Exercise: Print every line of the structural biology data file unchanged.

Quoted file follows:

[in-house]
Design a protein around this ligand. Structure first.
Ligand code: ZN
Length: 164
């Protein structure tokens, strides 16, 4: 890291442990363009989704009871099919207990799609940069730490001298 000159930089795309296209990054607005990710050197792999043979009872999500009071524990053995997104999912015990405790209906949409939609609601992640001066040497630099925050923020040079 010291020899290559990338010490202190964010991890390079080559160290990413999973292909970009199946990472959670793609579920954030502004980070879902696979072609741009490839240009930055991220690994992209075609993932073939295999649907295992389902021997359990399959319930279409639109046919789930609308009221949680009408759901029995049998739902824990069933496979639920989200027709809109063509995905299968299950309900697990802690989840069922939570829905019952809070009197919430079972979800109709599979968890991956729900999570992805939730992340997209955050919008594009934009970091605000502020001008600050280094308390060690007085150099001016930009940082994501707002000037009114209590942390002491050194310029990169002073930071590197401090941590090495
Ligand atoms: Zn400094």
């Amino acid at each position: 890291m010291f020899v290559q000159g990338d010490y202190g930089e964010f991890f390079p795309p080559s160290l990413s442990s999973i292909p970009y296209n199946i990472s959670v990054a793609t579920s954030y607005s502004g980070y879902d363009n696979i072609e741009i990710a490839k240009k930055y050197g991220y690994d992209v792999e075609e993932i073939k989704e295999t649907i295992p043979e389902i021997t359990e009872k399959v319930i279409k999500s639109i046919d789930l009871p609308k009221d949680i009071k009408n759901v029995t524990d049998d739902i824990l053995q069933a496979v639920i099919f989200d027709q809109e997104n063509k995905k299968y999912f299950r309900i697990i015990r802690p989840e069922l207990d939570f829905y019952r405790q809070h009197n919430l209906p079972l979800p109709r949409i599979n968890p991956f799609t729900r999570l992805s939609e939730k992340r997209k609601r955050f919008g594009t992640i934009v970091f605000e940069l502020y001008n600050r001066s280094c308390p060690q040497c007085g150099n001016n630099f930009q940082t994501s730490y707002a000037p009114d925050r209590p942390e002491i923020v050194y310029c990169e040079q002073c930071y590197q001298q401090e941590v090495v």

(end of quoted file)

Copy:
[in-house]
Design a protein around this ligand. Structure first.
Ligand code: ZN
Length: 164
């Protein structure tokens, strides 16, 4: 890291442990363009989704009871099919207990799609940069730490001298 000159930089795309296209990054607005990710050197792999043979009872999500009071524990053995997104999912015990405790209906949409939609609601992640001066040497630099925050923020040079 010291020899290559990338010490202190964010991890390079080559160290990413999973292909970009199946990472959670793609579920954030502004980070879902696979072609741009490839240009930055991220690994992209075609993932073939295999649907295992389902021997359990399959319930279409639109046919789930609308009221949680009408759901029995049998739902824990069933496979639920989200027709809109063509995905299968299950309900697990802690989840069922939570829905019952809070009197919430079972979800109709599979968890991956729900999570992805939730992340997209955050919008594009934009970091605000502020001008600050280094308390060690007085150099001016930009940082994501707002000037009114209590942390002491050194310029990169002073930071590197401090941590090495
Ligand atoms: Zn400094």
């Amino acid at each position: 890291m010291f020899v290559q000159g990338d010490y202190g930089e964010f991890f390079p795309p080559s160290l990413s442990s999973i292909p970009y296209n199946i990472s959670v990054a793609t579920s954030y607005s502004g980070y879902d363009n696979i072609e741009i990710a490839k240009k930055y050197g991220y690994d992209v792999e075609e993932i073939k989704e295999t649907i295992p043979e389902i021997t359990e009872k399959v319930i279409k999500s639109i046919d789930l009871p609308k009221d949680i009071k009408n759901v029995t524990d049998d739902i824990l053995q069933a496979v639920i099919f989200d027709q809109e997104n063509k995905k299968y999912f299950r309900i697990i015990r802690p989840e069922l207990d939570f829905y019952r405790q809070h009197n919430l209906p079972l979800p109709r949409i599979n968890p991956f799609t729900r999570l992805s939609e939730k992340r997209k609601r955050f919008g594009t992640i934009v970091f605000e940069l502020y001008n600050r001066s280094c308390p060690q040497c007085g150099n001016n630099f930009q940082t994501s730490y707002a000037p009114d925050r209590p942390e002491i923020v050194y310029c990169e040079q002073c930071y590197q001298q401090e941590v090495v």